Informed Consent Documents at the IVF Clinic

The Flood of Forms, by Deborah Forman, Of Counsel to NFLC
The full article may also be found at http://www.theafa.org/library/article/informed_consent_and_the_flood_of_forms/

If you are undergoing fertility treatment or using assisted reproductive technology to create a family, at some point, you will confront a stack of forms provided by your physician.  These forms represent one method by which your physician obtains your informed consent to proceed with treatment.  These forms likely run many pages and contain a mass of medical, legal and other information.  Some forms may require merely your initials and signature; others may require you to consider options and provide instructions regarding your treatment.  In some practices, your physician or a nurse or treatment coordinator may review these forms with you.  In others, you will be handed the packet of forms and asked to review and sign them.  Either way, the task of wading through the mountain of information and making decisions about such important matters as embryo disposition can prove daunting.  To assist you in the process, this article will explain the law of informed consent and provide an overview of the types of information and decisions you are likely to encounter in these forms.  The article concludes with tips to keep in mind before signing the forms.

Informed Consent
The legal doctrine of informed consent is designed to protect the autonomy and self-determination of each of us.  Every state recognizes that the patient has the right, in most circumstances, to determine what will happen with his or her body and whether to accept or reject proposed medical treatment.  Indeed, even the U.S. Supreme Court has recognized this right.  Moreover, a doctor’s failure to obtain the informed consent of his or her patient can subject the doctor to liability.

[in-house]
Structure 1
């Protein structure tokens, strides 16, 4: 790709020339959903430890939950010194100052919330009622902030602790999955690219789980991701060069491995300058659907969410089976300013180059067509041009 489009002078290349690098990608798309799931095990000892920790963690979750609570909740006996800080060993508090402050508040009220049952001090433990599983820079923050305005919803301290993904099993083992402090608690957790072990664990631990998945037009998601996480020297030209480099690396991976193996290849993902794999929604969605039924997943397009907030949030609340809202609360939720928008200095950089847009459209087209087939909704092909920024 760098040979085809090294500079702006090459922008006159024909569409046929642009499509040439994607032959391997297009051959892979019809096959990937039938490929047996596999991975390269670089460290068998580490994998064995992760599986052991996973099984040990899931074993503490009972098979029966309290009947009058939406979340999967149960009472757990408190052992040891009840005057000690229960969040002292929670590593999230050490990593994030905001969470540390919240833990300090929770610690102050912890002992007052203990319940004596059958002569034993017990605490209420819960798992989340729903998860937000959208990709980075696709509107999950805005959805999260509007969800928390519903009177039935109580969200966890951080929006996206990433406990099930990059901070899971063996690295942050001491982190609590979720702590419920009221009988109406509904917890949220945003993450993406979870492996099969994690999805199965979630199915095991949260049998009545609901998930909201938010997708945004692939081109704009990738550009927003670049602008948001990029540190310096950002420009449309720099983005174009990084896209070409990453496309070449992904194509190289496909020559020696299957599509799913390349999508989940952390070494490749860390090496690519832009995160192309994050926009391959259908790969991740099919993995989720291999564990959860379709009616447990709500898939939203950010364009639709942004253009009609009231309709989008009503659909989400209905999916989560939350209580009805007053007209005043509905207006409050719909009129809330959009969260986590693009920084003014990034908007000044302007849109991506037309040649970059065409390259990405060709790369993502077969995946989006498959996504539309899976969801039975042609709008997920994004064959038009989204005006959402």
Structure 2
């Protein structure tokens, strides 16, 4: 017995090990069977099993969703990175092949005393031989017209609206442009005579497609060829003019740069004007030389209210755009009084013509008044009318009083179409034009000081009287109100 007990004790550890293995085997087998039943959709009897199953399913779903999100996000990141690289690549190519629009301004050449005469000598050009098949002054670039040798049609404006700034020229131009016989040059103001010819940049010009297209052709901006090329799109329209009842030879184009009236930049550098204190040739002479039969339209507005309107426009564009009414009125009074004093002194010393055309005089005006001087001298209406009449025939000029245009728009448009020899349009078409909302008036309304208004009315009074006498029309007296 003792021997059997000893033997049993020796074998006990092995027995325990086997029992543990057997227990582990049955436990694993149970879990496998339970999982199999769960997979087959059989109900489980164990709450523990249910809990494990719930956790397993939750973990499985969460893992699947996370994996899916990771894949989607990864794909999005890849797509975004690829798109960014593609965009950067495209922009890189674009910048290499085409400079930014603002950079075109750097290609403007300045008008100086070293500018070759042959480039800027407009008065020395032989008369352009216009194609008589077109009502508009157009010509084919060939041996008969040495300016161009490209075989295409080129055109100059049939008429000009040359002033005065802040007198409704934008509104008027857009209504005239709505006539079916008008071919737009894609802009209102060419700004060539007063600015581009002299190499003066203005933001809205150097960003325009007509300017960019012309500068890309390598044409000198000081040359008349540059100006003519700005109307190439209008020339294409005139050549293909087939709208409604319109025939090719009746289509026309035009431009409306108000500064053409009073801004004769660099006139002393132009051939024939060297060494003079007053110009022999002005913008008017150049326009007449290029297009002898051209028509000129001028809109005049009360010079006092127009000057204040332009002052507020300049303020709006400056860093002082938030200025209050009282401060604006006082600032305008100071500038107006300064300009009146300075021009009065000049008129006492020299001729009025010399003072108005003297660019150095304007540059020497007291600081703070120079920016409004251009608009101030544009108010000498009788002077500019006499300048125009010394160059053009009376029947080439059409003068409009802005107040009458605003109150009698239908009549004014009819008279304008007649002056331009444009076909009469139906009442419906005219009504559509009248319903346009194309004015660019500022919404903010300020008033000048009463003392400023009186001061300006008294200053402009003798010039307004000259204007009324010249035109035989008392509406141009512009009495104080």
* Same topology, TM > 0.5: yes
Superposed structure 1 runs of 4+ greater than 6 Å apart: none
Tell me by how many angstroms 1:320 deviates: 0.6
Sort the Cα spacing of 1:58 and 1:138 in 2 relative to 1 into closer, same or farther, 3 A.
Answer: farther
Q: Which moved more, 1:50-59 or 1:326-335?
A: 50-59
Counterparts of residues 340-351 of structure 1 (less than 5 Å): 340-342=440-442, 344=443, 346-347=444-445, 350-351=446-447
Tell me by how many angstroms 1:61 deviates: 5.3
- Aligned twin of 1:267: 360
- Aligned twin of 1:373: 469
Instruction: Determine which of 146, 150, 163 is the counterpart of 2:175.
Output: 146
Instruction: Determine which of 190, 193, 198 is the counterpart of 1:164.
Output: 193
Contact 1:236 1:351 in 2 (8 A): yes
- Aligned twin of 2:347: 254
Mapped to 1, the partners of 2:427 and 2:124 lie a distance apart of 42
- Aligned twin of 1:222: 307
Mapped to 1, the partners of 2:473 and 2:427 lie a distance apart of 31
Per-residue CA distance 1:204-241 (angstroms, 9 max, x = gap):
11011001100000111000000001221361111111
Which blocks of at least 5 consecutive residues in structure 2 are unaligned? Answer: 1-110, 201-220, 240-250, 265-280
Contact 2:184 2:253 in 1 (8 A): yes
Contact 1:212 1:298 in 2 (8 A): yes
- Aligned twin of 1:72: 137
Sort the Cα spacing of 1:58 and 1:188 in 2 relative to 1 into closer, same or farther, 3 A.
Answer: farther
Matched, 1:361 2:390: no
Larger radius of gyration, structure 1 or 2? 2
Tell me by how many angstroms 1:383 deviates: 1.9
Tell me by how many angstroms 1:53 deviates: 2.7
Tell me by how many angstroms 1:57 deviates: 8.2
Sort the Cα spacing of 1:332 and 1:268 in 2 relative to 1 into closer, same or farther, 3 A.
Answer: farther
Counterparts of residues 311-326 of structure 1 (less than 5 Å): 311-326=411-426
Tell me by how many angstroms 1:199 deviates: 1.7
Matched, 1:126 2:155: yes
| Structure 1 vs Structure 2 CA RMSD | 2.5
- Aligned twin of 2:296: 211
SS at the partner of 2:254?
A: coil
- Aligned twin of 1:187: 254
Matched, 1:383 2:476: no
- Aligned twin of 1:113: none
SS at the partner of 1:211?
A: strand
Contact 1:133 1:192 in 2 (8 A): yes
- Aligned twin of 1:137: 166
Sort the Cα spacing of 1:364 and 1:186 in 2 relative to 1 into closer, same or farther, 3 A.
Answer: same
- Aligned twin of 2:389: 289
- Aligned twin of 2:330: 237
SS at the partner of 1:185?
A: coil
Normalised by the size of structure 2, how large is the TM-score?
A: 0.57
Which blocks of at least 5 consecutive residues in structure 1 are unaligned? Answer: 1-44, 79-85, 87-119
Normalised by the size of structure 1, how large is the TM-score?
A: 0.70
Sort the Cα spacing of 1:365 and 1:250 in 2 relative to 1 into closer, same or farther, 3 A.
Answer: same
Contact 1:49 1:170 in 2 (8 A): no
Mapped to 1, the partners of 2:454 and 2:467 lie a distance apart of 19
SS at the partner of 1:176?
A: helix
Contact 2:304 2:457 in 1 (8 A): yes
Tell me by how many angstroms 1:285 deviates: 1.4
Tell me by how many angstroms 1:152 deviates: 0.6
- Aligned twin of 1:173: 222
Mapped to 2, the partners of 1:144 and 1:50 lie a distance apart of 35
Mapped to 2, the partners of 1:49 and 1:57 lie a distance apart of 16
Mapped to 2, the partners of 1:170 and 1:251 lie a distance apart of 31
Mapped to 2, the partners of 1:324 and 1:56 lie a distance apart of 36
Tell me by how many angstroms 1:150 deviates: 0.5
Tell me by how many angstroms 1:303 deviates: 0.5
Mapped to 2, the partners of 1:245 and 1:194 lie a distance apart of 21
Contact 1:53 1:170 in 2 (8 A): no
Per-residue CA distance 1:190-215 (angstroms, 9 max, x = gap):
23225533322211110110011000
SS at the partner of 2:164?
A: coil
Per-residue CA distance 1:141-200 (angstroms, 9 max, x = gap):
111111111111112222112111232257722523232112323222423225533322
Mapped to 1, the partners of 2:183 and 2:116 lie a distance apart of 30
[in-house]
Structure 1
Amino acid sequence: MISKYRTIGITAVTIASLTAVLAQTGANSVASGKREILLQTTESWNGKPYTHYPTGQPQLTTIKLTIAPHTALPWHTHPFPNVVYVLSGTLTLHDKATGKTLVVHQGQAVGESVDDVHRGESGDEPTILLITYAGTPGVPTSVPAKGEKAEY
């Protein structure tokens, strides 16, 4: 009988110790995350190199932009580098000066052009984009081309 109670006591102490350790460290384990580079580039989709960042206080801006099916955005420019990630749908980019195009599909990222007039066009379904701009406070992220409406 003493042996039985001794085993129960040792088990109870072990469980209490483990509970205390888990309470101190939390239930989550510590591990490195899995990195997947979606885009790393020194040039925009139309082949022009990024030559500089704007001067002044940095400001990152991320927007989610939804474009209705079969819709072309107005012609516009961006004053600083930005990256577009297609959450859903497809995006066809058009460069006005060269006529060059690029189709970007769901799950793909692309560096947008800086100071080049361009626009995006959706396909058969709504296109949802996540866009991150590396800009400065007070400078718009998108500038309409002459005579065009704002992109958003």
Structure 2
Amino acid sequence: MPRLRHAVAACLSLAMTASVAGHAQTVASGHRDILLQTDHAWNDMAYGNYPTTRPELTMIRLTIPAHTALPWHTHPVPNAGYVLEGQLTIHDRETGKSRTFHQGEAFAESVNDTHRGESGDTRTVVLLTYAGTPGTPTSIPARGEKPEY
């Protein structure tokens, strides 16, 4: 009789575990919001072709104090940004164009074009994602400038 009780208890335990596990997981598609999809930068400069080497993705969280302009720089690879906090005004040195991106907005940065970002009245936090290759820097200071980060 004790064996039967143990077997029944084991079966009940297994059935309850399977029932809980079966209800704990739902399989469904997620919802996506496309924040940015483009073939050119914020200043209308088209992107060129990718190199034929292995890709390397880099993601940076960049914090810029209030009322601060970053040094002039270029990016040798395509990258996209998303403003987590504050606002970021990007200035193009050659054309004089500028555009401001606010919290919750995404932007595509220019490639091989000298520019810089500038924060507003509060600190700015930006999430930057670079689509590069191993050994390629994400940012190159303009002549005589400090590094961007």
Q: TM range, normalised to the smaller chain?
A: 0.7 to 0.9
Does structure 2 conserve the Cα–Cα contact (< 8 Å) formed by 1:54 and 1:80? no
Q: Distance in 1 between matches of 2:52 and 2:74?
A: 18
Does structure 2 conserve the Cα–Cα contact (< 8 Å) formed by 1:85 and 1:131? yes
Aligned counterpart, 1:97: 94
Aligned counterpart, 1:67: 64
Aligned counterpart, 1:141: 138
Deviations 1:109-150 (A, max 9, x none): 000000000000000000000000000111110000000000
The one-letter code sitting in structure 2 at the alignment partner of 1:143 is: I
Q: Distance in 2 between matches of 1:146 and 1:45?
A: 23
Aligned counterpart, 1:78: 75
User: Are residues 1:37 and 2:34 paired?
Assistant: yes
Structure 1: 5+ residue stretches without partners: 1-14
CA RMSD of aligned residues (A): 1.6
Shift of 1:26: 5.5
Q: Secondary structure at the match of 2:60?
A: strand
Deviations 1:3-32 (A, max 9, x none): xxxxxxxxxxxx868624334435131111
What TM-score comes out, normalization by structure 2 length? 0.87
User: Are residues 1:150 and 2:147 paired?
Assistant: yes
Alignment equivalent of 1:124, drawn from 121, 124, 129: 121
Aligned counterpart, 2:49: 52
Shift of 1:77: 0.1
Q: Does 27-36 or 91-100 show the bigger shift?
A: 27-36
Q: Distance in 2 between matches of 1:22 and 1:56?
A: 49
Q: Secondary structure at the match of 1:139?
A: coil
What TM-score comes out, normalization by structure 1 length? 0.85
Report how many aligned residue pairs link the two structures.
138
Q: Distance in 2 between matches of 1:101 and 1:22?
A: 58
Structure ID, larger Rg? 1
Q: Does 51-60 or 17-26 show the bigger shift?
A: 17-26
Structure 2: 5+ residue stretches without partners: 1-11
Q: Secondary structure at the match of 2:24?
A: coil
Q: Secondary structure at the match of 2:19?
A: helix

For many types of treatment, this process consists primarily of a discussion between the physician and patient; no written forms may be involved.  For major treatments, such as surgery, the physician typically requires the patient to sign a number of forms authorizing the procedure and outlining the risks of the proposed procedure, as a supplement to the conversations the physician has with the patient covering the proposed treatment.  The written forms are not a substitute for the patient’s conversation with her doctor, but they are an important part of the process.  While you may see the forms as a tedious obstacle that must be plowed through as fast as possible, in fact, the forms offer you an opportunity to review the information shared by your doctor at your own pace and to formulate questions that need further response.  It can be difficult in an initial discussion to absorb fully all the information provided by your physician.  In addition, it is critically important to understand that the forms can have significant legal consequences.  For that reason alone, it is essential that you read carefully and fully understand the documents before signing them.

Information Disclosed
The legal standards governing the information that must be disclosed to satisfy the requirement of informed consent vary from state to state but fall into one of two categories.  About half the states determine the adequacy of the disclosures based on what other doctors of that type would have disclosed in that situation. Other states determine the adequacy of disclosure by whether the physician has disclosed all information that would be material to a reasonable and intelligent decision by the patient.  In terms of the written consent forms, there is little difference between these two standards.  In addition, your physician’s decision about what information to disclose is likely to be influenced by guidance from professional societies, such as the American Society for Reproductive Medicine (ASRM).

The heart of the informed consent process is the explanation of the procedure and the benefits, risks and alternatives to the proposed treatment.  The forms likely will explain in considerable detail the myriad risks of the treatment, including any medications prescribed, to the patient (or donor or surrogate), as well as to any children resulting from the treatment.  Informed consent does not require your physician to disclose every conceivable risk, no matter how remote or unlikely.  Nor does he or she have to disclose risks that are commonly known, such as the risk of infection from surgery.  But risks of serious adverse outcomes should generally be disclosed.